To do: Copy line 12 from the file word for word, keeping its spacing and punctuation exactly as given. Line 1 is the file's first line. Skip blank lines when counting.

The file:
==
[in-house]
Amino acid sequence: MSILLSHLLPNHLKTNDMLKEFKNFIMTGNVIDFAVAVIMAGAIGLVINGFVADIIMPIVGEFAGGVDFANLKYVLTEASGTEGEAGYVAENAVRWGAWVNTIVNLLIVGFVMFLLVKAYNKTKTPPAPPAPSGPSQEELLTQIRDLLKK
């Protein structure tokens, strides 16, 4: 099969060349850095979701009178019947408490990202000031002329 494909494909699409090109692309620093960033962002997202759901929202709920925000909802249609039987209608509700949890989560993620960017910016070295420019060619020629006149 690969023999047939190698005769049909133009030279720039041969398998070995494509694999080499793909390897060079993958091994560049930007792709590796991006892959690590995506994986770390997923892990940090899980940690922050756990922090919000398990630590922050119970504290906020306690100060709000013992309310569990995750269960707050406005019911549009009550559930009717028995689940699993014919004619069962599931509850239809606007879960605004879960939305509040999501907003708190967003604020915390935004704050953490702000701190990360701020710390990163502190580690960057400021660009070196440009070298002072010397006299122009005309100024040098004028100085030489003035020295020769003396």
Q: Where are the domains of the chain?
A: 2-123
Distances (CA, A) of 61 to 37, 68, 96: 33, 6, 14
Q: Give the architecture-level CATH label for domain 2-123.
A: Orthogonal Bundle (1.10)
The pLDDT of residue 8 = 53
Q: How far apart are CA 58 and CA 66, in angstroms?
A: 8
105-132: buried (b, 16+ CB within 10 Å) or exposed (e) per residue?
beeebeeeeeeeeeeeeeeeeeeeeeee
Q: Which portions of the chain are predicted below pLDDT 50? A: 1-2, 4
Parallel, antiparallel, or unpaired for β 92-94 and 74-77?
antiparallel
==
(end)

105-132: buried (b, 16+ CB within 10 Å) or exposed (e) per residue?